Bow tie

I see an occasional guy in a bow tie around Wall St. They're not as popular as suspenders, but certainly more common than top hats -- I haven't seen anyone wearing a top hat in days. So when I see one of these guys with the bow tie, I can't help but wonder: At what point in his life does a man begin wearing a bow tie?

Can a guy wear a necktie to the office for years and then one day just show up in a bow tie? That would be a long day of answering the same question. How would you begin to explain it? How do you explain it to your wife?? You might as well tell her that you're changing your name. Or your religion. No, I think you're either born a bow tie person, or not.

I must admit that I make snap judgments about the guys that I see wearing them; They fall into one of two groups -- comedians or pompous assholes. In my experience* these judgments have been correct nearly 100% of the time -- and I don't know any comedians.

You should never trust anybody who wears a bow tie. Cravat's supposed to point down to accentuate the genitals. Why'd you wanna trust somebody whose tie points out to accentuate his ears?
- David Mamet, State and Main

By the way, I might as well plug this great website which has the answer to every clothing/etiquette question you'll ever have.

* Lark excluded


Separating truth from satire

I listen to various news podcasts on my ipod every day during my commute. I also have some podcasts that include fiction, commentary, and satire (like The Unger Report). Yesterday, I listened to a story so ironic that I had to double-check and make sure it was real news!

By now, we're all familiar with global warming and the fact that it's happening*. One of the leading causes of global warming has been our wildly increasing use of fossil fuels, which pollute the atmosphere when burned to make energy (and one "solution" to at least slow global warming is to use alternative sources of energy). Global warming, as we've all heard, is causing the polar ice caps to melt which may have severe consequences on the earth's climate.

The story that I heard yesterday talked about the world's "last big land grab" that is taking place at the north pole. As the ice caps melt, countries (and certain companies) are scrambling to lay claim to as much of this land as possible:
Russia has been quick off the mark, laying claim to half the Arctic Ocean. Denmark has designs on the North Pole. While Norway is claiming 60,000 square-miles of seabed... the melting Arctic ice cap is clearing the way for economic opportunities once thought impossible.

Why is everybody so eager to get their hands on this new territory? Wait for it... oil rights! That's right, folks, even in the Day After Tomorrow world of melted polar ice caps, we're still going to be oil crazy.

* if there's still anyone that doubts that global warming is occurring, the fact that greedy companies are pouring cash into preparing for it should be evidence enough!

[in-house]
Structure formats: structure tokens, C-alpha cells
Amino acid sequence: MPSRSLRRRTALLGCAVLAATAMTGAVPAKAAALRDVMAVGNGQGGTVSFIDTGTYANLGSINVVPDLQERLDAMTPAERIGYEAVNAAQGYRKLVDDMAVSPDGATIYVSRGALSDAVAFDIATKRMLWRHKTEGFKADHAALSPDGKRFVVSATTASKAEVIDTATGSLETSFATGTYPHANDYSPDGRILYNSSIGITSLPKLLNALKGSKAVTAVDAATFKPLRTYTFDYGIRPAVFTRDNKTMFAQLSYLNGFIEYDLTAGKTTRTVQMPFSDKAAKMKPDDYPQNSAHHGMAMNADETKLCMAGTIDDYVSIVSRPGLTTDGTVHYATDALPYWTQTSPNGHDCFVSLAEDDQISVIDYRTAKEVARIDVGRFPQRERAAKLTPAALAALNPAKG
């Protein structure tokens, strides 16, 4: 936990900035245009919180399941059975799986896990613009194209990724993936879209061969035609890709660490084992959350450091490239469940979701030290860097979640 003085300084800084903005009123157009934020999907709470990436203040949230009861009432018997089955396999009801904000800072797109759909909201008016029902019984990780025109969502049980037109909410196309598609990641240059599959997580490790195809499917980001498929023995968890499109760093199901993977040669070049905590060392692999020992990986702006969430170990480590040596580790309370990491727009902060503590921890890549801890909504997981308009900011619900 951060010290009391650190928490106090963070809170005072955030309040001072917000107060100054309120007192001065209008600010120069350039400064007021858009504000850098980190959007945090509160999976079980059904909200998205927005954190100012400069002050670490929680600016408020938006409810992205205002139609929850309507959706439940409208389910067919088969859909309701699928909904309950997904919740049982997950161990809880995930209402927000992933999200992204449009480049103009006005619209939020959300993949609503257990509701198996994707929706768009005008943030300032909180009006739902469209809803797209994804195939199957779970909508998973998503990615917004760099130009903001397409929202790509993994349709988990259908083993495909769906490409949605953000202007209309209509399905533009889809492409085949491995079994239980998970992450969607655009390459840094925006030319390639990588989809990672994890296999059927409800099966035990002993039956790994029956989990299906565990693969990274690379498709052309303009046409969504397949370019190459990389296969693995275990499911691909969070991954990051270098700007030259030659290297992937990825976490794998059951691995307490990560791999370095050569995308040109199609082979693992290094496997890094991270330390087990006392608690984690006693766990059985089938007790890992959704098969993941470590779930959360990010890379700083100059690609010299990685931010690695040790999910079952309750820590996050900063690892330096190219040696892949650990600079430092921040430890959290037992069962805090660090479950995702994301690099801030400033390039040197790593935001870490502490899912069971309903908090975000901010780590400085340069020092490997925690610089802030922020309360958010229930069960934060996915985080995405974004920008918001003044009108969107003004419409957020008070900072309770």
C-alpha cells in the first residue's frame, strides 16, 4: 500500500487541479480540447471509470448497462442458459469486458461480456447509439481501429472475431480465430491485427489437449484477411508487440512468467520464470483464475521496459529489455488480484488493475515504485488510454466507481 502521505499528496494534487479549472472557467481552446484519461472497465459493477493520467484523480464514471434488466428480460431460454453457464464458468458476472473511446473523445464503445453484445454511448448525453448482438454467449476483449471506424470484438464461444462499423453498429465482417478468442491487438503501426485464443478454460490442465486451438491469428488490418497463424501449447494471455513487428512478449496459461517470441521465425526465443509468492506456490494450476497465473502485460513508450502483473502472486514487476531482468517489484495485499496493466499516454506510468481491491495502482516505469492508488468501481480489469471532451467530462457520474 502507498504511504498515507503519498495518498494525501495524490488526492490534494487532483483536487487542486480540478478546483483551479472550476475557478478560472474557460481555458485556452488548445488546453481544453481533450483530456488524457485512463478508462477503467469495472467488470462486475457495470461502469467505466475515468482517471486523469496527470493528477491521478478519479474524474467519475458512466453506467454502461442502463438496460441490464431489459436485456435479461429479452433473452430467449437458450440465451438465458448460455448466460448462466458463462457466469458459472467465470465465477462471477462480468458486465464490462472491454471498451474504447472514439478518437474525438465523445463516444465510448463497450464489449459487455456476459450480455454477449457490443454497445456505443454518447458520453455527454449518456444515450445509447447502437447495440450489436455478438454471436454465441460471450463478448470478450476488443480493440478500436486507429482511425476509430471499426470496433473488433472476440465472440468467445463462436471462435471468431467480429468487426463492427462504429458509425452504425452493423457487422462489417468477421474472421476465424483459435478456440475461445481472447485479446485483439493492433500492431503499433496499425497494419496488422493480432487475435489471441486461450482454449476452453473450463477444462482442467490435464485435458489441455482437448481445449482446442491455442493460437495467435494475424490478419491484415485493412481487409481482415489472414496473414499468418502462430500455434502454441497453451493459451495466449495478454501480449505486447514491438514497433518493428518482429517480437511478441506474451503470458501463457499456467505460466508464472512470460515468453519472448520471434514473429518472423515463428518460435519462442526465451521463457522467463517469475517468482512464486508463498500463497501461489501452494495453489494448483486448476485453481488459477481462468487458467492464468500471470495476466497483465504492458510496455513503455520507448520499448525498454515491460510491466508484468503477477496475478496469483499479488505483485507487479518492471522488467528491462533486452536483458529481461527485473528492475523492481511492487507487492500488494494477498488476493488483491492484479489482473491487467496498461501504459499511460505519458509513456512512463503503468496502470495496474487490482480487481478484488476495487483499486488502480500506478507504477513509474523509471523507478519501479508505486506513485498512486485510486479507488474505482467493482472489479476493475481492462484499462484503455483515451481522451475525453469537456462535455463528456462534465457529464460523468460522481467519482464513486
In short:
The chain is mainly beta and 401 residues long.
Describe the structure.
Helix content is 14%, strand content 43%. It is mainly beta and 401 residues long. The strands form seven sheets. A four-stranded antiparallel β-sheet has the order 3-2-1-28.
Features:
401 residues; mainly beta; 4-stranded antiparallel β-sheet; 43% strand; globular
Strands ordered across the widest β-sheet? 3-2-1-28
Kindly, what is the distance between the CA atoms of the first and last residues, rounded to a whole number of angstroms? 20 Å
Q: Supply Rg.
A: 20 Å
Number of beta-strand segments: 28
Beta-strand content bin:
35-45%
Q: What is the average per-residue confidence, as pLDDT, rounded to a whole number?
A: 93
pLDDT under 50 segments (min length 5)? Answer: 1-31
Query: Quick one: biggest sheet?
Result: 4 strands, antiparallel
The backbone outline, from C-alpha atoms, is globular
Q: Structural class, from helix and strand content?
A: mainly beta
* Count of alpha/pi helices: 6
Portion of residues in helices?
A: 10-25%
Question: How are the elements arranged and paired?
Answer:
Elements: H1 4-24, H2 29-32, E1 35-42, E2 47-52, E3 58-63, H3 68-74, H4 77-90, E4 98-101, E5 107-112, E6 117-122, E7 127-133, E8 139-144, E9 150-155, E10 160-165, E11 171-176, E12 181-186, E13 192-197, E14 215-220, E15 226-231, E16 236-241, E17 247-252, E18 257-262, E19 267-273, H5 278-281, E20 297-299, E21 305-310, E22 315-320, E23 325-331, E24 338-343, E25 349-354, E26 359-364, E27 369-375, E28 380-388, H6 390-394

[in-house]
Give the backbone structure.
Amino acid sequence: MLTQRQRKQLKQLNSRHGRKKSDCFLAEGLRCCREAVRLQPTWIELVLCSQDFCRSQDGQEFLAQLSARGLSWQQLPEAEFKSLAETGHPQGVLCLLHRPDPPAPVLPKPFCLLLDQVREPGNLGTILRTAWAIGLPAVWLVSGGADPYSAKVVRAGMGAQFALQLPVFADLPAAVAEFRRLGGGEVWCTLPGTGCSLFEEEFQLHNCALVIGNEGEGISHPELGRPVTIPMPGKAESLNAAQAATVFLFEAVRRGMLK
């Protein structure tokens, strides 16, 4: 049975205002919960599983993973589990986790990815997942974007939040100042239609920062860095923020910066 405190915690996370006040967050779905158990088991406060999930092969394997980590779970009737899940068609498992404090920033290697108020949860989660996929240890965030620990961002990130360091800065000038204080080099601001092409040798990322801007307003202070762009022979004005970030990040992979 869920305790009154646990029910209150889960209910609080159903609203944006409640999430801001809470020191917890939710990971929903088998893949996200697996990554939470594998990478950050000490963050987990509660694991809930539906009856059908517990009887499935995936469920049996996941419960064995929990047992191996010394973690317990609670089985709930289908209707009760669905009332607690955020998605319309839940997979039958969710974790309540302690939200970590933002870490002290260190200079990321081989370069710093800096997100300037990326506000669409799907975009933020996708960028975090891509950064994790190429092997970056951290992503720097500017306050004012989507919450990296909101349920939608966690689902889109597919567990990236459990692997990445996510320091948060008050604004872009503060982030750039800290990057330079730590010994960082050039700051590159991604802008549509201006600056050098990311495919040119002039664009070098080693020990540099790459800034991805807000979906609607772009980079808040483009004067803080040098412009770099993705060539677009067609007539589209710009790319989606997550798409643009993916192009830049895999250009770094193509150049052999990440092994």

Beginning to look a lot like...

When I got to work this morning, the guy in front of me set off the metal detector so he had to go back around and try again. When I went through I saw his things coming out of the x-ray machine ahead of mine and noticed his ipod was still playing. I glanced at it just to see out of curiosity what he was listening to: "Silent Night" from Al Green's The Christmas Album.

Yes, it has become quite a bit colder in NY in the last few days, but Christmas music??? It's beginning to look a lot like FALL! And hopefully it will be a nice long season.



For the last five years I have cringed at the mention of "Nine-eleven".

For the first year after 9/11/01, the words "Nine-eleven" evoked a very powerful feeling...the vivid memory of a huge explosion outside my office window...the unprecedented fear that I was not safe...the smoke that enveloped the neighborhood that day as I walked out; the smell that lingered everywhere for weeks...and my co-workers who literally ran for their lives to get out of tower two, and those (that I didn't know) who didn't make it.

For the last four years, the words "Nine-eleven" have been used as a political trump card to justify postures and policies, to berate those who disagree, to invoke fear. It drives me crazy when I hear them used so casually.

Today, as with each anniversary, I will try to remove the jaded, skeptical part of my "Nine-eleven" associations. I will try to go back to remembering what that day was, before it became so many other things.

This is an email that I sent to friends and family on 9/13/01:

Tuesday morning was the most extraordinary morning of my life. I have found it helpful but difficult to write about the things that I experienced and felt on that day, and would like to share them with you. My experience is not unique, and compared with those of thousands of others, hardly seems like an experience at all. Thanks to those of you who called, wrote, and offered your prayers.

I got off the #2 train at the Wall Street stop at about 8:15 Tuesday morning and headed toward my office on the 22nd floor of the New York Stock Exchange. After going through the usual security checks at the door and waiting for the elevators I ride to get to my floor, I walked into my office at about 8:25. I started answering emails and talked with some of the guys on my floor about last night's football game, etc.

At about 8:45, I was walking back into my office when I heard a whining sound (as a shooting missile sounds in a movie) that lasted for about one second followed by a very low BOOM that gave my office a thump. You hear many strange sounds in New York and teach yourself not to pay attention to them, but there was never any question that this sound was completely out of the ordinary. I looked out my window and saw the World Trade Center tower (see the attached photo of the WTC that I took from my office window on August 17th), which is about 3 blocks away, in flames at least as tall as ten floors. Others on my floor rushed into my office and we stood for a few seconds trying to comprehend what we were looking at. "Someone got a bomb into the World Trade Center" was the first thing out of my mouth. We view the WTC from the Southeast, so from our view the damage took place from the inside out. Once the flames died down a little bit, we could see the huge gash in the side of the building. Smoke was pouring from the building and the sky was full of papers, flying everywhere, some of them landing on my window ledge. Though my windows were closed, we could smell the ash. All I could think about was that many people had probably just died.